• Fearsome Critters

John Can’t Hang Baby — John Gillen

I was throwing out my jizz rags from Saturday night’s fuckfest and waiting for my morning dose of Johnny Cash pills to kick in when two black sedans pulled up to the front of my house and six Republicans got out.


Well-dressed Sunday morning white people.


I was bare chested, wearing flip-flops, blue gym shorts, and an aromatic medley of bodily fluids and personal lubricants.


I had just brought the trash cans to the curb when these authoritarian populist radicals approached me.

Big smiles and handshakes.


I was out-numbered and strung out like a ball of yarn.


The fanatical bastards could pull anything now.


I was on my guard.


“Excuse me, sir, is this your residence?”


“Yeah.”


“I see, and your name, sir?”


“Who wants to know?”


“Well, sir, we’re from the Republican Party of Virginia, and we’re going around to speak with all registered Republicans in our district to ask if you’ve given any thought to who you’re going to be voting for this November.”


“Oh, sure.”


“Yes, sir, so may I ask your name just to confirm for our records?”


“David.”


“Great, and may I ask who you’ll be voting for?”


“Oh, Trump, sure.”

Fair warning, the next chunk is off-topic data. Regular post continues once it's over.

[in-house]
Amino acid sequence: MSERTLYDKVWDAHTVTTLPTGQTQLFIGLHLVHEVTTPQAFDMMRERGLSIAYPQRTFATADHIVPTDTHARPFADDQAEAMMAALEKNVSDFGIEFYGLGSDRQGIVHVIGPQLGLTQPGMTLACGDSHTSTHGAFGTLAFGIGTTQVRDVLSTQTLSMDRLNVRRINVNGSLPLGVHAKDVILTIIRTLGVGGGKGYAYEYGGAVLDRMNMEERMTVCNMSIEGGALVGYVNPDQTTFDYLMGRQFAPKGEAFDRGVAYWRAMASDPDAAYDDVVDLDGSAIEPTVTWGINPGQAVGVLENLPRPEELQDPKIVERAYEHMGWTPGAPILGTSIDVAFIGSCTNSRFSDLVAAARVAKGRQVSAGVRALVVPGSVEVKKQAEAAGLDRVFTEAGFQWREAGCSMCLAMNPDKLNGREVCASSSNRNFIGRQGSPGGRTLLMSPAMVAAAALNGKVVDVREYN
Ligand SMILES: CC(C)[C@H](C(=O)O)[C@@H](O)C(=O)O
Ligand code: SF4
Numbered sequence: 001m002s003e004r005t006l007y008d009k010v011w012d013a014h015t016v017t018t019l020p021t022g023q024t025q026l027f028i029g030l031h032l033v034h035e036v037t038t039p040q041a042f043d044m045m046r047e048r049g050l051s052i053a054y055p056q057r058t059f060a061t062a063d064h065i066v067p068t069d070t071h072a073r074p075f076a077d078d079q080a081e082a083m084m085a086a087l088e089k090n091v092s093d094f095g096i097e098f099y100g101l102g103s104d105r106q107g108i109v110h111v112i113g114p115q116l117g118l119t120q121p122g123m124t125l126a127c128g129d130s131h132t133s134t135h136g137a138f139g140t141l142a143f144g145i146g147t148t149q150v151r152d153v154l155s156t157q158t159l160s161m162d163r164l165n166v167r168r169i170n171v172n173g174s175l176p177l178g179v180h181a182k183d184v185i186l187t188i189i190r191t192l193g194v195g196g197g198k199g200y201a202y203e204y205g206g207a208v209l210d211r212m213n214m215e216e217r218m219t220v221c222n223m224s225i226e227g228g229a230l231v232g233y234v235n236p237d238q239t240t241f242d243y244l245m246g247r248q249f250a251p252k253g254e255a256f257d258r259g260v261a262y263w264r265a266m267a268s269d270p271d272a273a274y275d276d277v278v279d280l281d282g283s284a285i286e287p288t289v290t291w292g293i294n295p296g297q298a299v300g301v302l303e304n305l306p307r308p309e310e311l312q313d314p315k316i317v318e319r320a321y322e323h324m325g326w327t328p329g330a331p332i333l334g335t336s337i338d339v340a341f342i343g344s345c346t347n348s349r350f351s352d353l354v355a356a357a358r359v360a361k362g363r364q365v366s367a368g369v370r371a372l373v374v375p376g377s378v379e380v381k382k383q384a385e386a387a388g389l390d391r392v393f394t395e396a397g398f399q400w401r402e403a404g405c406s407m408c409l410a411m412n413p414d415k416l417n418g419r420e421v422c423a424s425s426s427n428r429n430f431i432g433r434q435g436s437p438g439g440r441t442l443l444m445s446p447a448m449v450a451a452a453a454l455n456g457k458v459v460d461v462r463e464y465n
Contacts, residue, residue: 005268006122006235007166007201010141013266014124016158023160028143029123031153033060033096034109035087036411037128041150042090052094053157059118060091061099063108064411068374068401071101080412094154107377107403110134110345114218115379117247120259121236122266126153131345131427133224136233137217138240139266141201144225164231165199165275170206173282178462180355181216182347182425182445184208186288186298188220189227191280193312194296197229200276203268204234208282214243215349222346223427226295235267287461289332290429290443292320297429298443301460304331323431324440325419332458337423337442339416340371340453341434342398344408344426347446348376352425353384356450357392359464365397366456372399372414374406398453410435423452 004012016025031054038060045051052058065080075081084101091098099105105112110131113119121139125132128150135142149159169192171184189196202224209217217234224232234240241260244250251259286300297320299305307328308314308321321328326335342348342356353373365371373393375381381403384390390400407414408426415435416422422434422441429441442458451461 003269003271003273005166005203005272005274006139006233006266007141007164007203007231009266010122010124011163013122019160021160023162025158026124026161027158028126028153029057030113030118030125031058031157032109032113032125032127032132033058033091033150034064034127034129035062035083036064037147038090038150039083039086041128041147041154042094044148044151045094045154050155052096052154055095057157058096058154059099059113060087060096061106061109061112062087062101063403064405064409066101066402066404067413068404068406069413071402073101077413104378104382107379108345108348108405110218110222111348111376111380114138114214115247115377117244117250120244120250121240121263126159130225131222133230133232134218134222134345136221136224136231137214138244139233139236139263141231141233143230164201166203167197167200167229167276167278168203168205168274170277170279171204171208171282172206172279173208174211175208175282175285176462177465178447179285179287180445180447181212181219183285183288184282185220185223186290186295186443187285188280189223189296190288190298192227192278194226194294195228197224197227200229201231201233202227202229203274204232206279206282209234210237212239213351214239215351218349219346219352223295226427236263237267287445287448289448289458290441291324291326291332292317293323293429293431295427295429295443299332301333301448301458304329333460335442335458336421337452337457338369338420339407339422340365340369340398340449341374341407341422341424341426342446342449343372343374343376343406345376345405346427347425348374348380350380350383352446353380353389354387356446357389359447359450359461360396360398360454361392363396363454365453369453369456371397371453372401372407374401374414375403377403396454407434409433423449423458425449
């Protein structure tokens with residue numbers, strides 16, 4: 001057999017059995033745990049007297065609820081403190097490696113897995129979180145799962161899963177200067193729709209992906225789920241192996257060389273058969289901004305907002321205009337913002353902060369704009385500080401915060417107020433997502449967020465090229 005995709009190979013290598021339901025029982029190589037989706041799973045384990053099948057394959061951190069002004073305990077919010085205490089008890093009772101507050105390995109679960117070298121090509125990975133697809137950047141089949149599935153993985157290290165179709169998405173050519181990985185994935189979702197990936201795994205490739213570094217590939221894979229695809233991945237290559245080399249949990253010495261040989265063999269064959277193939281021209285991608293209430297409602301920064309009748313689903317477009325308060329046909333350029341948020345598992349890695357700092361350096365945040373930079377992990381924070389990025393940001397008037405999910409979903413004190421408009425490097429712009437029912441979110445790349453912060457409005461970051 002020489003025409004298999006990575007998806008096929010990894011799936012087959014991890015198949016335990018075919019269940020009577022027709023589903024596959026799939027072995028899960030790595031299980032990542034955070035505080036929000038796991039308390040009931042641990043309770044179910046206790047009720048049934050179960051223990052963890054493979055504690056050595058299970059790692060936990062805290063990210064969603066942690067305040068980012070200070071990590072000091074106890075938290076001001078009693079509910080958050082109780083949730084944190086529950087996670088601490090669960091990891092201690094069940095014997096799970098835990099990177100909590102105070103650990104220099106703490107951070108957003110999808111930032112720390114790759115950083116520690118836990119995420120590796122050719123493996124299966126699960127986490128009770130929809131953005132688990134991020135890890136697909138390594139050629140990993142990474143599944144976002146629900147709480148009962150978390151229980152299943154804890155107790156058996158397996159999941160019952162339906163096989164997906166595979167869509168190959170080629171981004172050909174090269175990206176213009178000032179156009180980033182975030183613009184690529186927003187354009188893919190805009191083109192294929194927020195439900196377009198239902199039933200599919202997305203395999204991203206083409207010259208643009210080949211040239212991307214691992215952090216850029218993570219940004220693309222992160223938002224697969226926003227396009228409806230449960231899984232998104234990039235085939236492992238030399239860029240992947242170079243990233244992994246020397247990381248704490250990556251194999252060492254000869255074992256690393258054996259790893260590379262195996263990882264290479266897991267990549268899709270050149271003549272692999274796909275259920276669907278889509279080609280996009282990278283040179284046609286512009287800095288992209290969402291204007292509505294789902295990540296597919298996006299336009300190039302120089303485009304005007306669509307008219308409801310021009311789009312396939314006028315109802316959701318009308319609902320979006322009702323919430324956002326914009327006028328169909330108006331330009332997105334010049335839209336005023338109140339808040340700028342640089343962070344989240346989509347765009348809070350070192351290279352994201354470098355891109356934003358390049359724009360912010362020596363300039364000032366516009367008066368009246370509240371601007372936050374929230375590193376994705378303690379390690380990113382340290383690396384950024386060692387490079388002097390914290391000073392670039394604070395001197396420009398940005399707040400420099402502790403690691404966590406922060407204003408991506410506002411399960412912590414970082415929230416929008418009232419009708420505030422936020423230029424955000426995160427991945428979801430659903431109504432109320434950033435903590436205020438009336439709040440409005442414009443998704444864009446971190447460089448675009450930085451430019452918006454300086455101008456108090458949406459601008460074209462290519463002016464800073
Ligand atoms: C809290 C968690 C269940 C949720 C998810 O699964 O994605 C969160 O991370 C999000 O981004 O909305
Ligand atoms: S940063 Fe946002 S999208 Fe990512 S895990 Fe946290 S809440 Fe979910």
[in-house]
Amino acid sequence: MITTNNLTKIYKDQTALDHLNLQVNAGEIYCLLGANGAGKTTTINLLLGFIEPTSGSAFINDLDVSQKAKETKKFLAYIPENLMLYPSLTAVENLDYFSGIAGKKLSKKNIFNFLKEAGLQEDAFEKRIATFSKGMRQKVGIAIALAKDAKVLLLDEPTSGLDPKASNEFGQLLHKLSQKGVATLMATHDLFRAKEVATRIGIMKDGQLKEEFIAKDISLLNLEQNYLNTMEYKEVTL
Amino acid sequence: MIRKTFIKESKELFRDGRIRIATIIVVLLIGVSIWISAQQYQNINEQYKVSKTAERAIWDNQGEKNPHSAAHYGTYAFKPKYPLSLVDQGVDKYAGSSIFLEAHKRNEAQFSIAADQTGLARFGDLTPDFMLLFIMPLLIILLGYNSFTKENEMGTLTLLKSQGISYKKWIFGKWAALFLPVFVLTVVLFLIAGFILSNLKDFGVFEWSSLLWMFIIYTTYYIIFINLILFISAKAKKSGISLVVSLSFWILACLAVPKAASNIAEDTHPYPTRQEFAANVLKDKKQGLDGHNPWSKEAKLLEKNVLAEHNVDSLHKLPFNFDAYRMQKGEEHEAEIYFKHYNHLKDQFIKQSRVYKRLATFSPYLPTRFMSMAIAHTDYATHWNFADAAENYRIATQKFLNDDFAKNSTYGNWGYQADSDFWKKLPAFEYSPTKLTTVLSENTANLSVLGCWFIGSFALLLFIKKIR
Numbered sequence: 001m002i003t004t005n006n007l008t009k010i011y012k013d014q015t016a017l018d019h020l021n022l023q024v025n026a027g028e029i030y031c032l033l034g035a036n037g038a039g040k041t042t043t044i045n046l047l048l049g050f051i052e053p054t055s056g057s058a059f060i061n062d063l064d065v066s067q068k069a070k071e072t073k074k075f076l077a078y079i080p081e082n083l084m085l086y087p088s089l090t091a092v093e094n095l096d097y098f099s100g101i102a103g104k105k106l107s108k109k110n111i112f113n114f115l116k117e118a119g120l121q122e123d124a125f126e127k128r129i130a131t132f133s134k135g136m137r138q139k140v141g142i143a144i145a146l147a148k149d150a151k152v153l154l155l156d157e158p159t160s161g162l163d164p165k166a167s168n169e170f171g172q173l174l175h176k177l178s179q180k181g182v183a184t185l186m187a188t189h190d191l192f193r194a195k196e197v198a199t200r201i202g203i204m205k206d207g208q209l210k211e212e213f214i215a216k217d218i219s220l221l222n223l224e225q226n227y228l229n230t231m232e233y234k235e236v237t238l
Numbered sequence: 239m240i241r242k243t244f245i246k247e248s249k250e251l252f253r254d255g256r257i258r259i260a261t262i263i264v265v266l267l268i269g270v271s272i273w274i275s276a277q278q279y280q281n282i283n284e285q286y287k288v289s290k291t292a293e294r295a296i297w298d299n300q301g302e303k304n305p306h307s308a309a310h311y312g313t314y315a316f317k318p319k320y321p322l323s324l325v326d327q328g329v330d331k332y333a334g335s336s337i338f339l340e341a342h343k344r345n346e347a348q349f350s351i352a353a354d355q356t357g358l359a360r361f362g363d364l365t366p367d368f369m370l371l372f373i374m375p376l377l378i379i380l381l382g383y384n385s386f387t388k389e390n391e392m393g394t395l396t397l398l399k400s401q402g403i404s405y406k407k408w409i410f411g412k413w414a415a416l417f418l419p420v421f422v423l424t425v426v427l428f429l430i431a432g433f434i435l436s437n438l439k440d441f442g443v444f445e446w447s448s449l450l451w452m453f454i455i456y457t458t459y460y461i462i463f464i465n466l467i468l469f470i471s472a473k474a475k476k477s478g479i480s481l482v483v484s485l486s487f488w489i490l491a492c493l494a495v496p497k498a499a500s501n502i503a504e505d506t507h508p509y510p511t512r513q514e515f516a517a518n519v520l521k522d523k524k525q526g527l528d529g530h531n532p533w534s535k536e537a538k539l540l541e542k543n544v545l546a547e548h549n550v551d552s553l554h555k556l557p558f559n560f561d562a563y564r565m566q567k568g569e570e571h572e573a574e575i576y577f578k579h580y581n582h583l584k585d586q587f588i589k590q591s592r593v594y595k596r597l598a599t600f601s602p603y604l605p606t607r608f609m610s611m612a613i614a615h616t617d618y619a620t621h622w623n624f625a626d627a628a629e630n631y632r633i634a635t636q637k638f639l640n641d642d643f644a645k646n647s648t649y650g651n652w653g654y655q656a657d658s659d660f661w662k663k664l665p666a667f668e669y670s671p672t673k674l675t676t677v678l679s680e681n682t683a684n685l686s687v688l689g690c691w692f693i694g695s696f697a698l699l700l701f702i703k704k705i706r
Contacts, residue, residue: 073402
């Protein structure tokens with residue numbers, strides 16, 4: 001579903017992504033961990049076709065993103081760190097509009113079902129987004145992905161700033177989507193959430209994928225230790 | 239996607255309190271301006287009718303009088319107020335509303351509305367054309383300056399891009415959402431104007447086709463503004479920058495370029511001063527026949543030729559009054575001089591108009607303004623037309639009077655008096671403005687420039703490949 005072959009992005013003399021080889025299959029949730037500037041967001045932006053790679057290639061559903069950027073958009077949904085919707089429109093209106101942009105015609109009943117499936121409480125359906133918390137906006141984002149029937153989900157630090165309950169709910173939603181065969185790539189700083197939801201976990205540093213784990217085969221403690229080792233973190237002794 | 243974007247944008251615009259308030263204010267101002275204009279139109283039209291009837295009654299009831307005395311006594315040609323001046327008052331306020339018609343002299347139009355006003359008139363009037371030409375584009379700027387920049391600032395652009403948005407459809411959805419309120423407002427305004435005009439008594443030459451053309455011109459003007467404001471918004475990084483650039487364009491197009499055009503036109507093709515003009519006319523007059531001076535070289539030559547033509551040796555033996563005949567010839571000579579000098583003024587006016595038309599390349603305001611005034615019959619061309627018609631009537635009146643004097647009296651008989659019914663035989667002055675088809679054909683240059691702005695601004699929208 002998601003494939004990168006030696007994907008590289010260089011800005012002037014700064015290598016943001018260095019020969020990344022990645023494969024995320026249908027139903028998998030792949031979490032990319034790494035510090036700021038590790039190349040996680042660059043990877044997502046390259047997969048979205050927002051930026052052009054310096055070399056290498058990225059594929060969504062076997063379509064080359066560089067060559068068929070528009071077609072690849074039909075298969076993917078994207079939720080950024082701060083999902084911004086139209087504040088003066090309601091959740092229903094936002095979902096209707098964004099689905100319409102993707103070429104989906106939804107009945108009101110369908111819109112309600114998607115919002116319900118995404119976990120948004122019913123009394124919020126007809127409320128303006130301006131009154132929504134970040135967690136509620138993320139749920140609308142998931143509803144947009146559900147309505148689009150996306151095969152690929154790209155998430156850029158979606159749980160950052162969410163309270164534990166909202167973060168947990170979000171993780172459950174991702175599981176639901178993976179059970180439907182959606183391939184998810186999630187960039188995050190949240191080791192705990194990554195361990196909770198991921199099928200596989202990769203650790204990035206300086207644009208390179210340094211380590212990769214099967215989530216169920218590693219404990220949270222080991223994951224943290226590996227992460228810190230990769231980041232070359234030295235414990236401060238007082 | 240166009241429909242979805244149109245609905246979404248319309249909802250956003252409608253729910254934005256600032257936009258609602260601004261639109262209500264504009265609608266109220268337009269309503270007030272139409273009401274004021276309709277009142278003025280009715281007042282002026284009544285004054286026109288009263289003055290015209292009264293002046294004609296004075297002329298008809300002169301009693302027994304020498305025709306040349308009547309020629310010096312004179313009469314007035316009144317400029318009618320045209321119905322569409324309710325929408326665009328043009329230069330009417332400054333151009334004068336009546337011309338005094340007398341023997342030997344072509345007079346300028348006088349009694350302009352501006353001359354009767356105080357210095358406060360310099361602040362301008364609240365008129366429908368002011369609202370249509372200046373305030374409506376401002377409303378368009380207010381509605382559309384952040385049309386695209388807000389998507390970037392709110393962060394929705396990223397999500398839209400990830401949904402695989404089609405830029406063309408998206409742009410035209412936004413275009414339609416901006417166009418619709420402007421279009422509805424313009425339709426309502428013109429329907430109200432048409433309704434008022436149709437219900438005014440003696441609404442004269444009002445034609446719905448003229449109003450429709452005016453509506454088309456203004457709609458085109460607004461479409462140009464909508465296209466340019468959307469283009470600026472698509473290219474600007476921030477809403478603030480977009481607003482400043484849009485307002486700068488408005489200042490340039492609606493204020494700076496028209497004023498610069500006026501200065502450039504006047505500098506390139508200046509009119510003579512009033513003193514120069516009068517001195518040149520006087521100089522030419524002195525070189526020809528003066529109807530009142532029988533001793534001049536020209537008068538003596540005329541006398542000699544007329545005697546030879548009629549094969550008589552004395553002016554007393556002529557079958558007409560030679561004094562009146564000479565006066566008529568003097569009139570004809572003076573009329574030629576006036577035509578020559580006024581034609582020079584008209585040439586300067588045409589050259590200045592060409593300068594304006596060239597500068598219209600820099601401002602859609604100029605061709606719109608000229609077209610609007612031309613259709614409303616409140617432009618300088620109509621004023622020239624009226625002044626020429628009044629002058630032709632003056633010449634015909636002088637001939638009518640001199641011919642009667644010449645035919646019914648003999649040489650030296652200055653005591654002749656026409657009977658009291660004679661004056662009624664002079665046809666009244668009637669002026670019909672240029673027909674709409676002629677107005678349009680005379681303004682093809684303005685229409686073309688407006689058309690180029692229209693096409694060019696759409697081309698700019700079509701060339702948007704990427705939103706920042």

I’m an evil man.


“Right on, brother.” “Good to hear that.” “I’m glad you’re one of the good ones.”


“Yeah, sure, of course.”


“This is the one that counts, you know.”


“Right.”


“Well, is there anyone else here we can speak to?”


“No.”


“What about Albert and Brenda? Do they live here? They’re the homeowners, right?”


“They’re at church.”


“Oh, I see.” “And your grandfather? Leroy? Is he here?”


“They put him in a home.”


“Donald?”


“Donny.”


“Right, yes. Donny. Is he here?”


“No, he moved away.”


“Do you know where?”


“No, I have no idea.”


“He’s your brother, right?”


“Yeah.”


“You don’t know where your brother is?”


“No.”


“Well, what about John?”


“What about him?”


“Is he here?”


“No.”


“I mean does he live here? He’s your brother, too, right?”


“Yeah, he’s my brother. He used to live here, but he fucked off to New York last fall.”


“Well, does he need an absentee ballot?”


“No.”


“Oh, so is he registered up there now?”


“No, I don’t think so.”


“Wait. I don’t understand. Why not?”


“I don’t think he’s voting.”


“He’s not voting?!” “But this is the one that counts!” “He’s not voting for Hilary, is he? That would be a disaster!”


“No. He’s not voting.”


“May I ask why not?”


“Oh, you know he can’t hang, baby.”


“He can’t hang?” “Hilary would be a disaster.” “He has to vote. This is the one that counts!” “What does that mean? ‘He can’t hang.’ What does that mean?”


“It means he can’t hang . . . John . . . He can’t hang.”


“I don’t understand.”


“Man say he can’t hang.”


“What does that mean?” “This is the one that counts!” “I don’t understand.”


“John can’t hang, baby. That’s it. That’s all he said. He said when he left that if anybody asks why he isn’t around or why he did or didn’t do something to just say, ‘Oh, you know he can’t hang, baby.’ That was it. That was all he said. John can’t hang baby.”


They looked at me in silence as the drugs began to take hold.